There is a consensus among the participating SPs on the complex tasks at hand regarding negotiating expertise and identity in line with the aim of inclusive schools. Many SPs see the CRC and the CRPD as powerful legal instruments with which to ensure and inform others about the rights of every child to quality education that ‘leads to a new way of thinking about disability’, as one SP noted. Many highlight the importance of a shared understanding of inclusive education, taking a rights-based approach as well as to address the barriers to the realization of this right for children and their families. It seems to be an overall view among the SPs that a successful holistic approach involves careful planning according to needs both on a daily and weekly basis to ensure belonging and wellbeing. They emphasize strongly that one must think and plan the support for, for example, recess, lunch breaks, and extra-curricular activities such as swimming, sports, and crafts. One SP articulates her thoughts about this and adds: ‘In my school I feel that we are starting to develop our thinking about the educational support in a more innovative manner, such as focusing on the whole child in all aspects of school life’. Another takes this discussion further by sharing her views and experiences of how powerful it can be to shift focus from the child’s challenging behaviour to environmental factors and preventive practices. In this regard she emphasizes awareness of the children’s difficulties when exposed to a large group of children, causing insecurity in often frightening and noisy circumstances. She takes for an example all unguarded spaces both outside and inside the school as well as a lack of structure in the classroom and unclear instructions. Finally, she points out how outbursts of challenging behavior can be caused by communication difficulties, prejudice, and often the negative attitudes of others. This turns the discussion to the importance of facilitating peer relations and friendship-building within inclusive schools to enable disabled children’s involvement and participation right from the beginning, as one SP highlights when she says: ‘According to my experience it is essential to educate and guide the classmates and other peers about diversity, social justice and equity early on. I have sensed how this makes a difference when the children reach adolescence.’ The SPs in the study show strong commitment to their work within the inclusive schools and highlight the need for new and innovative ways of developing resources and adjusting support measures and learning materials to meet individual needs.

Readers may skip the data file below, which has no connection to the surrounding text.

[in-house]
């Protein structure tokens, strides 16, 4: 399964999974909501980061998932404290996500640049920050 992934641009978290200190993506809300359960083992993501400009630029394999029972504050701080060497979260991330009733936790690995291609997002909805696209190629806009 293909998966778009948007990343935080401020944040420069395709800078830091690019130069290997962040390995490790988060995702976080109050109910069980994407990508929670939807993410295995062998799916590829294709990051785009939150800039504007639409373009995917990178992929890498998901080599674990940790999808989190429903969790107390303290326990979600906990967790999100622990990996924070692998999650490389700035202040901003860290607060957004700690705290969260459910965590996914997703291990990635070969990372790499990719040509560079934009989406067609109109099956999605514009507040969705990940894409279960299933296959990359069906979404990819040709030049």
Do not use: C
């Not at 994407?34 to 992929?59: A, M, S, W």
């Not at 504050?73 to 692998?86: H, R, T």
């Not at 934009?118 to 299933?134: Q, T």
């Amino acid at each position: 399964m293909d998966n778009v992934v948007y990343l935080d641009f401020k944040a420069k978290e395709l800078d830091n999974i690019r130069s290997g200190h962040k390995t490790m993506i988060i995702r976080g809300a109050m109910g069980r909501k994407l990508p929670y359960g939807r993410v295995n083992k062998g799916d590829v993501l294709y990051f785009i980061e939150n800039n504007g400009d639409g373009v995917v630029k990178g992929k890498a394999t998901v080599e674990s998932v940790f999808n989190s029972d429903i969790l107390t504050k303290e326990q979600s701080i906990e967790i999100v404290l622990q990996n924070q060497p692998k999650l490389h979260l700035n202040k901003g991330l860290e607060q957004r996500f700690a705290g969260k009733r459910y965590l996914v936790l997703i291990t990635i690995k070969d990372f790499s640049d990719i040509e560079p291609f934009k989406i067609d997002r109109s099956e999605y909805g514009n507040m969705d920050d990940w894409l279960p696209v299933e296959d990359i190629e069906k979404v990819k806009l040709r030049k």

Discussion and implications in light of the expansive learning theory
Engeström (2000) developed the ‘expansive learning theory’ and presented a model of the expansive learning cycle for analysing and supporting organizational development as displayed in Figure 2. The theory of expansive learning puts the primacy on the collective community learning for the creation of new culture. Following the theory, expansive learning is predicated upon a progression from individuals questioning the state of the art in current practice through the modelling of new forms of practice as our findings indicate (Engeström, 2016, p. 36). It captures the dynamics that arise when people who are engaged in an activity begin to recognise new complexities in the tasks they are working on, that is, they expand their object of activity. These dynamics may be seen in how they begin to use familiar resources in innovative ways, develop new ideas as they use those resources, question the practices that get in the way of their work and begin to work with different people or the same people in new ways (Engeström, 1987, 2001). In this context Engeström (2001) points out that such transformations of professional and organisational practices direct the community of practice towards learning new activities that are not yet there. Contradictions are present in every collective activity and indicate emergent opportunity for further development. They are the lenses through which participants in an activity can reflect on the developmental trajectory of the activity system and understand its dynamics. Contradictions can be understood as illuminative hinges that can open new vistas of understanding (Foot, 2014).
What we found to be the most serious contradiction when analysing the findings in this context is the discrepancy between the official aim of inclusive schooling, the SPs’ professional values and the reality they face in their day to day work. The SPs believe that this mismatch is caused by the common lack of awareness of disabled children’s entitled rights to inclusive education and the importance for all children to be part of their local school community. The findings indicate that this mismatch is embedded in the still prevailing medical view on disability and historic systemic thinking. This appears in the lack of consensus among stakeholders within inclusive school on the understandings of the concept of inclusion and what it means in practice. This coincides with the findings from the European Agency on inclusive schooling in Iceland (2017).